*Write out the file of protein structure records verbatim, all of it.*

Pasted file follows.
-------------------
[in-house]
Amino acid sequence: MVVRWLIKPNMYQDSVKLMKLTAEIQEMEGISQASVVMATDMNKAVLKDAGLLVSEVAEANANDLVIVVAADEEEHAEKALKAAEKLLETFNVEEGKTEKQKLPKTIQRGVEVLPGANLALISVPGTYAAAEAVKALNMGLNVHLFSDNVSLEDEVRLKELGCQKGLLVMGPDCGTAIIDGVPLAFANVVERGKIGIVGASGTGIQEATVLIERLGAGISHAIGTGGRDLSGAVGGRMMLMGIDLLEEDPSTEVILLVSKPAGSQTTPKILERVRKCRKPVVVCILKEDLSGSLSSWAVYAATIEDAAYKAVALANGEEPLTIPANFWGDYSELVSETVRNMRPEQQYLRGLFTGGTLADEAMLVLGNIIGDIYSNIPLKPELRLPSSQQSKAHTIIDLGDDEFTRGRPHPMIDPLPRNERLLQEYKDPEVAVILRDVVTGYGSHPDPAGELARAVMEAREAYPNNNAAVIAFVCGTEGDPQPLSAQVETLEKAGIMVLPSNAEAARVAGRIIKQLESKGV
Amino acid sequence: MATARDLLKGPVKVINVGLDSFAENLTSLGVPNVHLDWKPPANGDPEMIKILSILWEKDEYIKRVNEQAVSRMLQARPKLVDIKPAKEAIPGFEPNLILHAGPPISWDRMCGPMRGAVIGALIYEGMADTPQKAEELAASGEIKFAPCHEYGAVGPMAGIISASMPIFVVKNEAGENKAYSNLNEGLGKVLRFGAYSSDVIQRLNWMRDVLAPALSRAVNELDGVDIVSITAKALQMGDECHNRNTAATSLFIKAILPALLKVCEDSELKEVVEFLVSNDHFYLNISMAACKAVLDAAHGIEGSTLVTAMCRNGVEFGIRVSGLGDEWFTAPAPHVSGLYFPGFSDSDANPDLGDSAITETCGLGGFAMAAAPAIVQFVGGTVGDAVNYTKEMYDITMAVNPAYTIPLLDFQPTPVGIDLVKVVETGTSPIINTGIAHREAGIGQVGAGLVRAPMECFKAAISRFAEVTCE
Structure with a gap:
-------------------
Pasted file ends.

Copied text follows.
[in-house]
Amino acid sequence: MVVRWLIKPNMYQDSVKLMKLTAEIQEMEGISQASVVMATDMNKAVLKDAGLLVSEVAEANANDLVIVVAADEEEHAEKALKAAEKLLETFNVEEGKTEKQKLPKTIQRGVEVLPGANLALISVPGTYAAAEAVKALNMGLNVHLFSDNVSLEDEVRLKELGCQKGLLVMGPDCGTAIIDGVPLAFANVVERGKIGIVGASGTGIQEATVLIERLGAGISHAIGTGGRDLSGAVGGRMMLMGIDLLEEDPSTEVILLVSKPAGSQTTPKILERVRKCRKPVVVCILKEDLSGSLSSWAVYAATIEDAAYKAVALANGEEPLTIPANFWGDYSELVSETVRNMRPEQQYLRGLFTGGTLADEAMLVLGNIIGDIYSNIPLKPELRLPSSQQSKAHTIIDLGDDEFTRGRPHPMIDPLPRNERLLQEYKDPEVAVILRDVVTGYGSHPDPAGELARAVMEAREAYPNNNAAVIAFVCGTEGDPQPLSAQVETLEKAGIMVLPSNAEAARVAGRIIKQLESKGV
Amino acid sequence: MATARDLLKGPVKVINVGLDSFAENLTSLGVPNVHLDWKPPANGDPEMIKILSILWEKDEYIKRVNEQAVSRMLQARPKLVDIKPAKEAIPGFEPNLILHAGPPISWDRMCGPMRGAVIGALIYEGMADTPQKAEELAASGEIKFAPCHEYGAVGPMAGIISASMPIFVVKNEAGENKAYSNLNEGLGKVLRFGAYSSDVIQRLNWMRDVLAPALSRAVNELDGVDIVSITAKALQMGDECHNRNTAATSLFIKAILPALLKVCEDSELKEVVEFLVSNDHFYLNISMAACKAVLDAAHGIEGSTLVTAMCRNGVEFGIRVSGLGDEWFTAPAPHVSGLYFPGFSDSDANPDLGDSAITETCGLGGFAMAAAPAIVQFVGGTVGDAVNYTKEMYDITMAVNPAYTIPLLDFQPTPVGIDLVKVVETGTSPIINTGIAHREAGIGQVGAGLVRAPMECFKAAISRFAEVTCE
Structure with a gap: